The bisectors of the angles of a triangle are concurrent at a point that is equidistant from all three sides of the triangle, and is thus the centre of the unique circle that touches the three sides of the triangle internally. This circle is called the inscribed circle or incircle and its centre is the incentre, I.
If the lengths of the sides of the triangle are a, b, c and the radius of the incircle is r (called the inradius), then the area of the triangle ABC = area ABI + area BCI + area CAI = ra/2 + rb/2 + rc/2 = r(a + b + c)/2. In other words: area of triangle equals inradius times semiperimeter.
The incentre is centre of mass of a triangular frame formed of three uniform struts AB, BC, CA.
The points of contact of the incircle, Aa, Bb, Cc, are such that ABb = ACc, BCc = BAa, CAa = CBb since these are pairs of tangents from external points to the circle. It follows that ACc.BAa.CBb = ABb.CAa.BCc which is Ceva's condition for AAa, BBb, CCc to be concurrent. This point is called the Gergonne Point, K [It is the Lemoine point of the triangle Aa, Bb, Cc].
Denoting the lengths of the three pairs of tangents by u, v, w we have u + v = c, v + w = a, w + u = b, whence we find u = (b + c − a)/2, v = (c + a − b)/2, w = (a + b − c)/2, or in terms of semiperimeter: u = s−a, v = s−b, w = s−c.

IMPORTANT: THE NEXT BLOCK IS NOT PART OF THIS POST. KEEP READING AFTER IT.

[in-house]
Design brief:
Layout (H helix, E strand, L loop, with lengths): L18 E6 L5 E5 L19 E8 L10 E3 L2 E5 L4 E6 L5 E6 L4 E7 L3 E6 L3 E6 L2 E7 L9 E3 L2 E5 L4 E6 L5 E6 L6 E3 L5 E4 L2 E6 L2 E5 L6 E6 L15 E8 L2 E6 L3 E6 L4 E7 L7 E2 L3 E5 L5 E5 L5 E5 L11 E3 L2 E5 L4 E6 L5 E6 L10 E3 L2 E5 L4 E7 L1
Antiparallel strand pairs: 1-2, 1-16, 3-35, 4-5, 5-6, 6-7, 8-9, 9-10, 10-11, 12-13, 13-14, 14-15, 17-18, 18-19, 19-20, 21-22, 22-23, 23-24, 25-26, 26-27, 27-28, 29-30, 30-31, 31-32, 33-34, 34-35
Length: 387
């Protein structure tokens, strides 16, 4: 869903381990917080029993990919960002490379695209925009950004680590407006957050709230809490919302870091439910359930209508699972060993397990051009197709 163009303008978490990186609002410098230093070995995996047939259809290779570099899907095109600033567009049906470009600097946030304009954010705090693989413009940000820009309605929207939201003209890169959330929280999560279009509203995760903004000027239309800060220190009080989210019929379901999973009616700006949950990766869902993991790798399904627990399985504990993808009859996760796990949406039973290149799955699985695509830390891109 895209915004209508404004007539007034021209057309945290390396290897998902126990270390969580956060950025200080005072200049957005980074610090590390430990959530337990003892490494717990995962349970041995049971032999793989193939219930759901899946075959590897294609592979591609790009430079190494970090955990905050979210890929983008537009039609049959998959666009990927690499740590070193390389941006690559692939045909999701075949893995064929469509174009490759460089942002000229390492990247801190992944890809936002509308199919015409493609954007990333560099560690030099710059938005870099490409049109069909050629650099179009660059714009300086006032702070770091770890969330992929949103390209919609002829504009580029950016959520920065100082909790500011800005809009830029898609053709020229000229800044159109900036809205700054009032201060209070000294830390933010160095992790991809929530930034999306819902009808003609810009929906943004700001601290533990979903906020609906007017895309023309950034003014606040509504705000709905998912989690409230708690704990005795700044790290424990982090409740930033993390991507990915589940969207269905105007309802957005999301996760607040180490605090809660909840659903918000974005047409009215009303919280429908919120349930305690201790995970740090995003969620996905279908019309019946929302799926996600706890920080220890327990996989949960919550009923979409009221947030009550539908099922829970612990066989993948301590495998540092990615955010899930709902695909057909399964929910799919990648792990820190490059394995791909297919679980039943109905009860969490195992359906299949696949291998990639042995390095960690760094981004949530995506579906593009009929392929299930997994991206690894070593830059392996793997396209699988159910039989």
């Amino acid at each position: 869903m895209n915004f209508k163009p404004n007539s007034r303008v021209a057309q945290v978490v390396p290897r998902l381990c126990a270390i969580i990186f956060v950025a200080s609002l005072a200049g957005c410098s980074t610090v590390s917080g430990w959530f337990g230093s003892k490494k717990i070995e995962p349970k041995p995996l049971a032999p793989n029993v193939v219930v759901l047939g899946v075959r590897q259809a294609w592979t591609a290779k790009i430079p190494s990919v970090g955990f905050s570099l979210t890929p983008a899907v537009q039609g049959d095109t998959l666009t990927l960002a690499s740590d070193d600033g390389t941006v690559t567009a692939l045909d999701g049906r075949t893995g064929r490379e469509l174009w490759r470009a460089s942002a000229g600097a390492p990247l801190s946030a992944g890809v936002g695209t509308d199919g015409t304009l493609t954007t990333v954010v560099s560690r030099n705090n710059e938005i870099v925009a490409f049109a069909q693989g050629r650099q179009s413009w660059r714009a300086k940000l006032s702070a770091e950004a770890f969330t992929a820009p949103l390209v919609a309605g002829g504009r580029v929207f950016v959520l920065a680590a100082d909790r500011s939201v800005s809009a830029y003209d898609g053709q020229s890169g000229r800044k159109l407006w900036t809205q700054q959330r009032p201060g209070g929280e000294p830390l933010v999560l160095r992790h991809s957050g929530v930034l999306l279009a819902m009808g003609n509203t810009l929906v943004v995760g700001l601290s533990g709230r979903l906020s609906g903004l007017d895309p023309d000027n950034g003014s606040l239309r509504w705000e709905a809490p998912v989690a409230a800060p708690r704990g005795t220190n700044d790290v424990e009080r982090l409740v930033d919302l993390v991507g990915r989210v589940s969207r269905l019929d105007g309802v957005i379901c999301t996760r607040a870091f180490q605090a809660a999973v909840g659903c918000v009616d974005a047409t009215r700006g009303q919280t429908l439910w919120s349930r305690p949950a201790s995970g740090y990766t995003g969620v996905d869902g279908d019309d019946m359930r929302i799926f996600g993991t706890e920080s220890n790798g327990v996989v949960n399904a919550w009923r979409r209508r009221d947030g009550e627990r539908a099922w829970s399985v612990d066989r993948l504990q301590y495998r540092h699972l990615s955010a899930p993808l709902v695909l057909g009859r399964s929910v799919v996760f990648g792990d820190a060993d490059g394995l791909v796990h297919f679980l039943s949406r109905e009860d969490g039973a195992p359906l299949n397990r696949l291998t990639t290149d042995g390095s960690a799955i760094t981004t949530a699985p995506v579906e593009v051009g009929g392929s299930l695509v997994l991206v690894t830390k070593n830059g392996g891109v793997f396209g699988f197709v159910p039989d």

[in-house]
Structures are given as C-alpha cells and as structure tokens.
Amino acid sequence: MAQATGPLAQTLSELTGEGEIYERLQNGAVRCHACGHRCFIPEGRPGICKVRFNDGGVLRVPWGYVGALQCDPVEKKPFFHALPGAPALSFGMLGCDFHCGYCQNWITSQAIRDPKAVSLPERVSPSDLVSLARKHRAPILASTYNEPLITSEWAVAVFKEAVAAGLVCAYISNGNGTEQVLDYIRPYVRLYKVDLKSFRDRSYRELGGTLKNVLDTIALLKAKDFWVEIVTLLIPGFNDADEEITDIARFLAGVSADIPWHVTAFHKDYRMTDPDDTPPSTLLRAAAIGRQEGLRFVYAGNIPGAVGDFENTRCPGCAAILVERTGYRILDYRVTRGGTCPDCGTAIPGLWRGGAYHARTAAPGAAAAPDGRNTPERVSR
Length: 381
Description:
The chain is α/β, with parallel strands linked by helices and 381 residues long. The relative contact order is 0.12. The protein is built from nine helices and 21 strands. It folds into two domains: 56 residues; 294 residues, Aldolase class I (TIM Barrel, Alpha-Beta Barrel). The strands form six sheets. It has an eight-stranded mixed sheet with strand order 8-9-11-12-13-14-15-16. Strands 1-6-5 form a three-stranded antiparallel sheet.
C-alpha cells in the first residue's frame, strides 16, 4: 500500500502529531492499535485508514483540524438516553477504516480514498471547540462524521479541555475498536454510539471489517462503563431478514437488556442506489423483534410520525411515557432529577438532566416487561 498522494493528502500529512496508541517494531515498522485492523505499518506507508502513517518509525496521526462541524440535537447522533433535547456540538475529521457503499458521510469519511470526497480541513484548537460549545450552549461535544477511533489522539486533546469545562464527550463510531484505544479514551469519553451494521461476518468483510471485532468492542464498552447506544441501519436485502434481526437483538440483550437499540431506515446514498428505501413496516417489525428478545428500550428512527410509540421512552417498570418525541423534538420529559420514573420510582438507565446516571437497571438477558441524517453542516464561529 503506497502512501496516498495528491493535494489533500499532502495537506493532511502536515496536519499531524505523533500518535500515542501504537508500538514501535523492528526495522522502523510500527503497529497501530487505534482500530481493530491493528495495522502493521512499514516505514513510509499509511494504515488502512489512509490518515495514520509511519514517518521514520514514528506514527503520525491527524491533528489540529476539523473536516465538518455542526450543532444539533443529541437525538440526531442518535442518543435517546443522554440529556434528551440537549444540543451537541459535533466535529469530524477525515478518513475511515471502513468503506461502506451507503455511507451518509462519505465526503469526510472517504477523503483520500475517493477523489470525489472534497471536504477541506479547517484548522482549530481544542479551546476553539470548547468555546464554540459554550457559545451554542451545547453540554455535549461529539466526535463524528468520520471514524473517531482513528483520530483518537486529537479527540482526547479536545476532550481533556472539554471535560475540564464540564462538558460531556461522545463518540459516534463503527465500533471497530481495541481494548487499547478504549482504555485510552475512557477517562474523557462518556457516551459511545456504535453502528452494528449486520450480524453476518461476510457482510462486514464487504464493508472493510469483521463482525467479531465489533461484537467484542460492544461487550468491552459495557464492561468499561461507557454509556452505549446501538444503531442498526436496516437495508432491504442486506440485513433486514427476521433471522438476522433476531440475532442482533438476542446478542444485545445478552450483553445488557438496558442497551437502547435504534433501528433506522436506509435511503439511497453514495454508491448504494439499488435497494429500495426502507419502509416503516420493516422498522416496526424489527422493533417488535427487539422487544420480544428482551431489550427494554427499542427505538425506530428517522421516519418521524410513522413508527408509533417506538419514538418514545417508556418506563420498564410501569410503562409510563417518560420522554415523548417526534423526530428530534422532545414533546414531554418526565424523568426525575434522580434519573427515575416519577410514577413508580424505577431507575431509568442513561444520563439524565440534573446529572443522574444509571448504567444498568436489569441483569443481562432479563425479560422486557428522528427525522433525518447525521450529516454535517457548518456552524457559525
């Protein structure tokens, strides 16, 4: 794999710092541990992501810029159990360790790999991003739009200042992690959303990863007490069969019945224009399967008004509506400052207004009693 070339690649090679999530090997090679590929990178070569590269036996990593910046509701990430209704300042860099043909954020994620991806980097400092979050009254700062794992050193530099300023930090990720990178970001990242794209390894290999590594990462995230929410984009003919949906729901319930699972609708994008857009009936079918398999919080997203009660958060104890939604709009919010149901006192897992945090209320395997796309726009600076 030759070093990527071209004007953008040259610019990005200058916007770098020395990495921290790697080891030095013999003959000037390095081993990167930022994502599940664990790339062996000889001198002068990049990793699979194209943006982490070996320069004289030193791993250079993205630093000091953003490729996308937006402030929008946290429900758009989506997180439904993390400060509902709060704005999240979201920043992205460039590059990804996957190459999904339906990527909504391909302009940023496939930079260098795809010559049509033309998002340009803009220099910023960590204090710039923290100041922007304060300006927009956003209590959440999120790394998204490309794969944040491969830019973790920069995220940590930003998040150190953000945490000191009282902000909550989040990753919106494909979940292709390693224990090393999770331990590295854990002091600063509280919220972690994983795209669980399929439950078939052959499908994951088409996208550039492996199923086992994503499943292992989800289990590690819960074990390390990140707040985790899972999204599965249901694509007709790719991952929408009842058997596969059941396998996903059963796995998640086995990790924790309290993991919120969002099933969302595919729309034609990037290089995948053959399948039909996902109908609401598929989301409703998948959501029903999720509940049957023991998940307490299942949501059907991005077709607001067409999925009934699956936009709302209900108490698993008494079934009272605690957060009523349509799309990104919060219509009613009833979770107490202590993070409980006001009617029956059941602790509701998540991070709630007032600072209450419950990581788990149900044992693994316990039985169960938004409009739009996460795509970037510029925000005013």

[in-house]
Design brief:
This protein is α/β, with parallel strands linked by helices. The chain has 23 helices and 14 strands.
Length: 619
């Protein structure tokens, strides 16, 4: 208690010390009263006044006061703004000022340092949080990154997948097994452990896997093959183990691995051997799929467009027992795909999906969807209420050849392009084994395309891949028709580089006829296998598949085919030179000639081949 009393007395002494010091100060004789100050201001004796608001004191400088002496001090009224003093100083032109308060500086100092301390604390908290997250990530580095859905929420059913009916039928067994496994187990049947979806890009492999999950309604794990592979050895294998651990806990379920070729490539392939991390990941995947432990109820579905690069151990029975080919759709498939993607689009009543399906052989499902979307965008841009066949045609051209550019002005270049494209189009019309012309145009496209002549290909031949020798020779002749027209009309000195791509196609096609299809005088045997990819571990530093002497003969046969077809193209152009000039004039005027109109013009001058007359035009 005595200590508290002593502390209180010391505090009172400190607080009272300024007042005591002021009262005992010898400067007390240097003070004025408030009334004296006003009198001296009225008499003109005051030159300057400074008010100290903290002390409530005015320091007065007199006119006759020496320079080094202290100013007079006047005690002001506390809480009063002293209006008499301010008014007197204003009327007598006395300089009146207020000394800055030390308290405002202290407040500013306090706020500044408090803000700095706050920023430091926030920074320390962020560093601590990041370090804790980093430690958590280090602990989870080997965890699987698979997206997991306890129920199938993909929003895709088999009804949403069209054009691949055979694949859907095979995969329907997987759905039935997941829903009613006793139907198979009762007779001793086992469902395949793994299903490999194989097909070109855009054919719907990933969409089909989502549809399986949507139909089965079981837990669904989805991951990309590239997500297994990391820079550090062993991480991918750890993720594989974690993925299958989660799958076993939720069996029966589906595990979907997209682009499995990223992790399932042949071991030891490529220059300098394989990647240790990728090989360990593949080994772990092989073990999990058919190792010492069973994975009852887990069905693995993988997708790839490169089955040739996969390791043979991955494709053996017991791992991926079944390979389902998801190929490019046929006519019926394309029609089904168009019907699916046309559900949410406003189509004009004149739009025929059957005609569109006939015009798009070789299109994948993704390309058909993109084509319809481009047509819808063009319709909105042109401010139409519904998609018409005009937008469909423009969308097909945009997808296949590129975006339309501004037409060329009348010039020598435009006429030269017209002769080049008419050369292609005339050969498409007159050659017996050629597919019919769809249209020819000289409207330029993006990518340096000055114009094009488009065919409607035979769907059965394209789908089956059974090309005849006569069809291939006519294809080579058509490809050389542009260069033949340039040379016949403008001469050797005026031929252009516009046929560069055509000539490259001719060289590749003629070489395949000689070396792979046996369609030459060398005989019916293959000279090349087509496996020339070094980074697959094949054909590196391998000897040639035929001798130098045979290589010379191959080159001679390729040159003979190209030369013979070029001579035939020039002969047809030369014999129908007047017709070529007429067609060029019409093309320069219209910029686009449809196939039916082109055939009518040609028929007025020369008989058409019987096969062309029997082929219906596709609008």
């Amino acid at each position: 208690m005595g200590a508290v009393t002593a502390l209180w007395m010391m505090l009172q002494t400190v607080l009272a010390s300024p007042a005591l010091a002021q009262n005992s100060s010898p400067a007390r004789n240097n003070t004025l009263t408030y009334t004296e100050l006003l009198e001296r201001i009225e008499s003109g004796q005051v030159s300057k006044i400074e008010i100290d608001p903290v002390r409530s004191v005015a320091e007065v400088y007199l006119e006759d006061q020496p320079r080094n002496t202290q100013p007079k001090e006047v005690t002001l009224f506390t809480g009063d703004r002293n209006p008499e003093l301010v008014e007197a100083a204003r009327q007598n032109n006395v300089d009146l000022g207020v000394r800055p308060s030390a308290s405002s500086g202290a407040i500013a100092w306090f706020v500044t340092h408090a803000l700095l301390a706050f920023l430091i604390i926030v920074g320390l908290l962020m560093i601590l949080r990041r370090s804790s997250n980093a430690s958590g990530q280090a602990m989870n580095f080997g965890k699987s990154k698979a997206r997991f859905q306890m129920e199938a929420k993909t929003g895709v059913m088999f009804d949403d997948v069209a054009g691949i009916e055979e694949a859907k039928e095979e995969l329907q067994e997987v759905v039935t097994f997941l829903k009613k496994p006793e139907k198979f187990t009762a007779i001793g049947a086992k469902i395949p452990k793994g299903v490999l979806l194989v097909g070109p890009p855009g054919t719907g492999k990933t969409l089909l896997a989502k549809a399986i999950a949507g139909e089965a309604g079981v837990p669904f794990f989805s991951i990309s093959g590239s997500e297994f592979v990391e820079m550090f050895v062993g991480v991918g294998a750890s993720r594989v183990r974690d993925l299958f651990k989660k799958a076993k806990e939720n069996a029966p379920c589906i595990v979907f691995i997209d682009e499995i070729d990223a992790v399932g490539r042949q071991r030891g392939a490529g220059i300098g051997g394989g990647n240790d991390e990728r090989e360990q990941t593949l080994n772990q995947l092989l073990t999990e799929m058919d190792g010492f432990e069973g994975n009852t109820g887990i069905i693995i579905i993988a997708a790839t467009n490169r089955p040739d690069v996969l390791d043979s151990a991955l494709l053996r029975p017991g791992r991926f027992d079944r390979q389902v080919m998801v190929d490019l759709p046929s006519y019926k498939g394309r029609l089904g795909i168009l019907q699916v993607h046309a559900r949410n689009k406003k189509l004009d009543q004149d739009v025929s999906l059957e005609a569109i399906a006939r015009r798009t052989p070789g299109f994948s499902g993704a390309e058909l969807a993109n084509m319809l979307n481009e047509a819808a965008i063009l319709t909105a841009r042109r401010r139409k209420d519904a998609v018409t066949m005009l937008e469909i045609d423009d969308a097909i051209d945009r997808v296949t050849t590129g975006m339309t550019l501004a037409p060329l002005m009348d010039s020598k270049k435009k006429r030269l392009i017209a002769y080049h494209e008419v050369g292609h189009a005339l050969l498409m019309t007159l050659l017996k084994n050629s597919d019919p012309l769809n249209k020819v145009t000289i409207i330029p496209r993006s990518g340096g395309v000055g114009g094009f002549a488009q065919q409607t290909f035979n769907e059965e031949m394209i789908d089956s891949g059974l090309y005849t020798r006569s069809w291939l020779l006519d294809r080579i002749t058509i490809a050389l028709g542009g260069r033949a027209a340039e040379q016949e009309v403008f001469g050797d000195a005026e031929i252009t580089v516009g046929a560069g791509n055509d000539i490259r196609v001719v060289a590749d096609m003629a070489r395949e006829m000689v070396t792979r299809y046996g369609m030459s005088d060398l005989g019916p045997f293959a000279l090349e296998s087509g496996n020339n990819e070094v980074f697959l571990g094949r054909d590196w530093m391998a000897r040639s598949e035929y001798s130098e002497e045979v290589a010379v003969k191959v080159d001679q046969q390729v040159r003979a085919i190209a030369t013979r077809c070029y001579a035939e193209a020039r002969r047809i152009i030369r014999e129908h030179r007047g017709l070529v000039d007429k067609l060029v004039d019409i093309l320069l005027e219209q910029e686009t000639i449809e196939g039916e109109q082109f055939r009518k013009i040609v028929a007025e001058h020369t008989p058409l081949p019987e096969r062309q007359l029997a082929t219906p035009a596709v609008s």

The vertex circles centred at A, B, C, of radii u, v, w, each touches the other two and cuts the incircle at right angles at Aa, Bb, Cc. A fourth circle can be drawn touching these three. We can call it the inner circle. Its centre is not I nor K (except in the regular case). Is it on IK?.
The radii of four mutually tangent circles are related by 2(1/u² + 1/v² + 1/w²) = (1/u + 1/v + 1/w)² from which the radius of the inner circle is 1/[1/(s−a) + 1/(s−b) + 1/(s−c) + m.n.√(2D)].
A further three circles can be drawn forming with the incircle another set of four circles, each touching the other three. These intermediate circles are the vertex-circles of a triangle (the inner triangle) that has the inner circle as its incircle. (??)
Besides the incircle there are three other circles that touch all three extended sides of the triangle. These are the excircles, and their centres are called the excentres of the triangle (though they are not 'centres' of the triangle in our sense, since a regular triangle also has three excentres).
The lines joining the vertices A, B, C, to the points of contact Aa, Bb, Cc of the excircles centred at Ea, Eb, Ec with the opposite sides of the triangle are concurrent, at the Nagel Point, N.
There are also three External Nagel Points, Na, Nb, Nc where these joins meet the other vertex-to-contact lines.